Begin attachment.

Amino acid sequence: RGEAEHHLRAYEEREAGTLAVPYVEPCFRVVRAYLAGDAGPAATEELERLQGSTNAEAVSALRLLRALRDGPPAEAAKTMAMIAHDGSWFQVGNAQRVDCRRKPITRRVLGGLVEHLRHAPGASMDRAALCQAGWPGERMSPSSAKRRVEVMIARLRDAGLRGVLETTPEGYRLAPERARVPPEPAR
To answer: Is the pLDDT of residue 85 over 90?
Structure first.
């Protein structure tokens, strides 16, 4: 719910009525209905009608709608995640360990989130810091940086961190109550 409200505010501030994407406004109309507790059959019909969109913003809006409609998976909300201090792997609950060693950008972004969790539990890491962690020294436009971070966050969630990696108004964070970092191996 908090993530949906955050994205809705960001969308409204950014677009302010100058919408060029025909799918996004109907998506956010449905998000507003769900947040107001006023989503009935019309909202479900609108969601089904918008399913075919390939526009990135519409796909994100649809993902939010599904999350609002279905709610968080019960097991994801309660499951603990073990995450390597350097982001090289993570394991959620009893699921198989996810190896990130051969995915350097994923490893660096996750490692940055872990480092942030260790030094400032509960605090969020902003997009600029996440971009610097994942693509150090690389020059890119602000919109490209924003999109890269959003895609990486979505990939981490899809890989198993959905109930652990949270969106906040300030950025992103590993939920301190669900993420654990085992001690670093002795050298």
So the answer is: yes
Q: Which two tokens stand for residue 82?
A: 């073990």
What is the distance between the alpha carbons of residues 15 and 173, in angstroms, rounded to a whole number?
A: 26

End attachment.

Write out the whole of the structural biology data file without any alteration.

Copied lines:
Amino acid sequence: RGEAEHHLRAYEEREAGTLAVPYVEPCFRVVRAYLAGDAGPAATEELERLQGSTNAEAVSALRLLRALRDGPPAEAAKTMAMIAHDGSWFQVGNAQRVDCRRKPITRRVLGGLVEHLRHAPGASMDRAALCQAGWPGERMSPSSAKRRVEVMIARLRDAGLRGVLETTPEGYRLAPERARVPPEPAR
To answer: Is the pLDDT of residue 85 over 90?
Structure first.
């Protein structure tokens, strides 16, 4: 719910009525209905009608709608995640360990989130810091940086961190109550 409200505010501030994407406004109309507790059959019909969109913003809006409609998976909300201090792997609950060693950008972004969790539990890491962690020294436009971070966050969630990696108004964070970092191996 908090993530949906955050994205809705960001969308409204950014677009302010100058919408060029025909799918996004109907998506956010449905998000507003769900947040107001006023989503009935019309909202479900609108969601089904918008399913075919390939526009990135519409796909994100649809993902939010599904999350609002279905709610968080019960097991994801309660499951603990073990995450390597350097982001090289993570394991959620009893699921198989996810190896990130051969995915350097994923490893660096996750490692940055872990480092942030260790030094400032509960605090969020902003997009600029996440971009610097994942693509150090690389020059890119602000919109490209924003999109890269959003895609990486979505990939981490899809890989198993959905109930652990949270969106906040300030950025992103590993939920301190669900993420654990085992001690670093002795050298």
So the answer is: yes
Q: Which two tokens stand for residue 82?
A: 């073990």
What is the distance between the alpha carbons of residues 15 and 173, in angstroms, rounded to a whole number?
A: 26